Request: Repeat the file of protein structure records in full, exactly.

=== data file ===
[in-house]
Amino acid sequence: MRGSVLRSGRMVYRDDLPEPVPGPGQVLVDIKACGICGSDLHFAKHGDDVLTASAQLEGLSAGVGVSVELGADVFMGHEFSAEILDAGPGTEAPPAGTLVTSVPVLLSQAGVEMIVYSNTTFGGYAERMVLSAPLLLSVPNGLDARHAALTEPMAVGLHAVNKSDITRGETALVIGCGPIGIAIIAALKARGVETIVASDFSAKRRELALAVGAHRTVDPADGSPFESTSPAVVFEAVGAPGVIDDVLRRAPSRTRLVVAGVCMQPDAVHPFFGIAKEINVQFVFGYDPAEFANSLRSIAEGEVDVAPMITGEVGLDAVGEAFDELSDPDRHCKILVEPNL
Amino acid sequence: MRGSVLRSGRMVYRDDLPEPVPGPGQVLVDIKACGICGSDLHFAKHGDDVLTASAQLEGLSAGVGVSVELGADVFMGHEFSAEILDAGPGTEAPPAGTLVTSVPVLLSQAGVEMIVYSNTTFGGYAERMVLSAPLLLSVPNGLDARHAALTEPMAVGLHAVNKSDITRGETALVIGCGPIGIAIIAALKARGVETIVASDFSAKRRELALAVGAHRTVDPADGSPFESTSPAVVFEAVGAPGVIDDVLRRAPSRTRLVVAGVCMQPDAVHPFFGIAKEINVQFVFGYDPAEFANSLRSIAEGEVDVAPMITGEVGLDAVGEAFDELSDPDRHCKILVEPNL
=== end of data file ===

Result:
[in-house]
Amino acid sequence: MRGSVLRSGRMVYRDDLPEPVPGPGQVLVDIKACGICGSDLHFAKHGDDVLTASAQLEGLSAGVGVSVELGADVFMGHEFSAEILDAGPGTEAPPAGTLVTSVPVLLSQAGVEMIVYSNTTFGGYAERMVLSAPLLLSVPNGLDARHAALTEPMAVGLHAVNKSDITRGETALVIGCGPIGIAIIAALKARGVETIVASDFSAKRRELALAVGAHRTVDPADGSPFESTSPAVVFEAVGAPGVIDDVLRRAPSRTRLVVAGVCMQPDAVHPFFGIAKEINVQFVFGYDPAEFANSLRSIAEGEVDVAPMITGEVGLDAVGEAFDELSDPDRHCKILVEPNL
Amino acid sequence: MRGSVLRSGRMVYRDDLPEPVPGPGQVLVDIKACGICGSDLHFAKHGDDVLTASAQLEGLSAGVGVSVELGADVFMGHEFSAEILDAGPGTEAPPAGTLVTSVPVLLSQAGVEMIVYSNTTFGGYAERMVLSAPLLLSVPNGLDARHAALTEPMAVGLHAVNKSDITRGETALVIGCGPIGIAIIAALKARGVETIVASDFSAKRRELALAVGAHRTVDPADGSPFESTSPAVVFEAVGAPGVIDDVLRRAPSRTRLVVAGVCMQPDAVHPFFGIAKEINVQFVFGYDPAEFANSLRSIAEGEVDVAPMITGEVGLDAVGEAFDELSDPDRHCKILVEPNL